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Treasury proposes reducing FSP levies

National Treasury has proposed lowering some of the levies that FSPs will pay to the FSCA in terms of the Financial Sector and Deposit Insurance Levies Bill, to reduce the impact on small entities.

Read: FSPs face paying regulators much higher levies

Vukile Davidson, Treasury’s chief director of financial sector policy, told Parliament’s Standing Committee on Finance on Wednesday that the adjustments were the result of engagements with the Financial Intermediaries Association of Southern Africa (FIA).

FSCA deputy commissioner Katherine Gibson said the FSCA received “strong guidance” from the FIA “that we should be accommodating the smaller entities to the extent possible”.

As a result, she said the FSCA reworked the variable components of the formulae to target an inflation-related increase for the smaller FSPs, while raising the levy cap so that the larger FSPs, such as the banks and life insurers, would pay more.

The proposal is to raise the maximum amount that all categories of FSPs can pay to the FSCA from R2 million to R2.5m.

During the meeting, Treasury announced the following changes to the formulae used to calculate the levies payable to the FSCA in terms of Schedule 2, Table B:

Category I and Category IV FSPs

  • The base levy decreases by 10%, from R4 000 to R3 600
  • The levy per representative/key individual decreases by 16.1%, from R620 to R520

Category II, IIA and III FSPs

  • The base levy decreases by 6.25%, from R8 000 to R7 500
  • The levy per representative/KI also decreases from R620 to R520

Category I or Category IV FSPs: long-term insurance sub-category A or friendly society benefits

  • The base levy decreases from R4 000 to R3 600
  • The representative/KI levy decreases by 10.7%, from R280 to R250

Table B included a category labelled “FSP (other)”, which will be removed.

Commenting on the revisions, the FIA said it welcomed the willingness of the regulators, specifically Treasury and the FSCA, “to engage on our submissions with regard to the draft levies Bill, and specifically our concerns around the impact of the proposed levies on smaller businesses and new entrants to the market. The proposals to the standing committee this morning are noted and welcomed. We are currently assessing the true impact of the proposals on our members.”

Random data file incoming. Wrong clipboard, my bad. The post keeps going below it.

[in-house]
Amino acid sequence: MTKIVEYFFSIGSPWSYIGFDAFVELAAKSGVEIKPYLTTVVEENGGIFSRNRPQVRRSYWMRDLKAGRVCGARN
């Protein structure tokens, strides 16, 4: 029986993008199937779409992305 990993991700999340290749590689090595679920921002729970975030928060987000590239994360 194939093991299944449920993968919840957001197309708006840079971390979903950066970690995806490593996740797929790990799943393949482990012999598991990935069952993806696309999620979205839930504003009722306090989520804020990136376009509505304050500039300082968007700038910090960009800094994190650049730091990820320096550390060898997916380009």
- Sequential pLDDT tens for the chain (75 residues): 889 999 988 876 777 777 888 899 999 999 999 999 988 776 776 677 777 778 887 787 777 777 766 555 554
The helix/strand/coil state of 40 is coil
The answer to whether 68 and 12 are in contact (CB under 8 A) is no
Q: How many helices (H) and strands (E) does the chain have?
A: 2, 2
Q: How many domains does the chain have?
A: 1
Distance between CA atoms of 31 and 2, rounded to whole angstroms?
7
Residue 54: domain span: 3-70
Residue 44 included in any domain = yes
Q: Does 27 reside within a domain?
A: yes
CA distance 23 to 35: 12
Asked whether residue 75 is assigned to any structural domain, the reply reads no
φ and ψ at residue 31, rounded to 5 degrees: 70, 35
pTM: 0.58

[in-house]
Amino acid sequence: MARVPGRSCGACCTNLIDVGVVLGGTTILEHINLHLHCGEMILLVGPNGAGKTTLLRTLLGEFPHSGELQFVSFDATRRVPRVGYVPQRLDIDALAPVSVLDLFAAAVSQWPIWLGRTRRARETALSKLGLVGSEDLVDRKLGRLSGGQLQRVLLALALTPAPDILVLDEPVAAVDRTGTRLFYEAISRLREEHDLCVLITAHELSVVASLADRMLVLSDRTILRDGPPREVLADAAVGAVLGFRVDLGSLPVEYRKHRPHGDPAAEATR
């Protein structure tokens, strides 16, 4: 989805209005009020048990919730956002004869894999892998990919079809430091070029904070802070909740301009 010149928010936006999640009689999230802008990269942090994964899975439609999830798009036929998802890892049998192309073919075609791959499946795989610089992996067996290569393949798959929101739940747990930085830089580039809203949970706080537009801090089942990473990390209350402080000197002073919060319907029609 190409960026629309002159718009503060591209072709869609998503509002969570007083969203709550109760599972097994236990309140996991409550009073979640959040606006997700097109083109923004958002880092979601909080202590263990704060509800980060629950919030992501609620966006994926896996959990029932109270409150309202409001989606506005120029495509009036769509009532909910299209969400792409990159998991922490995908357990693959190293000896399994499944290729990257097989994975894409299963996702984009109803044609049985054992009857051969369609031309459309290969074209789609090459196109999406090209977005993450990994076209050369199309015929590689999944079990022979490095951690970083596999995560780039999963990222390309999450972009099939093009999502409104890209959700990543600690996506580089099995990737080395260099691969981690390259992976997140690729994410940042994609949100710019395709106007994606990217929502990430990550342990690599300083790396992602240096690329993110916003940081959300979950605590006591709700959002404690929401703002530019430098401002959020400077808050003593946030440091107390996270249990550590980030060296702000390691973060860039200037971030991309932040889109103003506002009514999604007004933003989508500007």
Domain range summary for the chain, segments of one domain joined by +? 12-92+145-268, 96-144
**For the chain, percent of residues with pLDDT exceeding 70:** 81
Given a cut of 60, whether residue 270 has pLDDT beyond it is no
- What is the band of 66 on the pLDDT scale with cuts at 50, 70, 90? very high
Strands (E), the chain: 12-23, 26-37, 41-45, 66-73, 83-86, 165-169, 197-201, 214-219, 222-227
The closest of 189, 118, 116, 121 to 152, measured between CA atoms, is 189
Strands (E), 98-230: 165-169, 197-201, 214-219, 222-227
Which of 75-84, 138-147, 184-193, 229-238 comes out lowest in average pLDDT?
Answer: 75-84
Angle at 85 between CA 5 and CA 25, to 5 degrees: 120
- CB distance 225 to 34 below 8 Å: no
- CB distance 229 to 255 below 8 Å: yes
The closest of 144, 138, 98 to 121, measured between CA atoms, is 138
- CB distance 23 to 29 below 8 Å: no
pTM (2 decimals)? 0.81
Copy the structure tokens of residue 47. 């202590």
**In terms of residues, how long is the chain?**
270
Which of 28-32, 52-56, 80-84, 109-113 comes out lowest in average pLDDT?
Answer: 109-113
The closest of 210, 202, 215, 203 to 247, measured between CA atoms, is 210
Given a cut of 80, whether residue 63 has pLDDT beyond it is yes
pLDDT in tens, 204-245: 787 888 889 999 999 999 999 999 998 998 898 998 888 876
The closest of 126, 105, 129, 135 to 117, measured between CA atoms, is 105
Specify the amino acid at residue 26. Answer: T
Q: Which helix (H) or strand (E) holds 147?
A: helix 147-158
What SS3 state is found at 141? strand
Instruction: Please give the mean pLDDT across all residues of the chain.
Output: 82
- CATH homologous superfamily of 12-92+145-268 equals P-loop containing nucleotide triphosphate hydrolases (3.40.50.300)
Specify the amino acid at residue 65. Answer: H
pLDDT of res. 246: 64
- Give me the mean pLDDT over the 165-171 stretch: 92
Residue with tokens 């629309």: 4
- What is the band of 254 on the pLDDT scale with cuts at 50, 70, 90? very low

The revised Bill will incorporate the amendments that were proposed at last week’s meeting of the committee. These include rewording section 11 so that the regulators can grant exemptions not only on application by an individual institution but also if they identify circumstances where an institution or a category of institutions can be exempted from all or part of a levy.

Read: MPs ask Treasury for report on impact of new financial sector levies

Last week, the committee requested a report from Treasury on the socio-economic impact of the legislation.

Committee chairperson Mkhacani Maswanganyi said the report should not just be a narrative and suggested it include a case study of how the levies might impact a small FSP.

But Treasury’s presentation on Wednesday – as at previous committee meetings – focused on explaining why the regulators need more funding to provide investors and consumers with better protection.

By its own admission, the report was largely based on the socio-economic impact study that Treasury has previously published.

The committee adopted both Bills, with reservations from the DA.

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One Response to Treasury proposes reducing FSP levies

  1. Philip Whitfield 19 May 2022 at 1:59 pm #

    About time we had a reduction. I addition to being a licenced FSP in South Africa I am also a Chartered Civil Engineer (“C.Eng”) in the UK. For this I pay an annual levy of about R300. In addition, as a condition of retaining my C.Eng I am a member of the UK Institution of Civil Engineers. This costs me another R1700 or so each year. So R2000 to retain my qualification and be a member of a professional body that administers the profession in the UK and throughout all the countries in the British Commonwealth and sundry others as well. For my FSP licence in South Africa I will have to pay R3850 (at the reduced rate above) and another R5500 odd to be a member of the FPI to retain my CFP. If anybody wants to do a PhD into the real costs of bureaucracy and inefficiency of South Africa institutions, they could start with the financial services industry.

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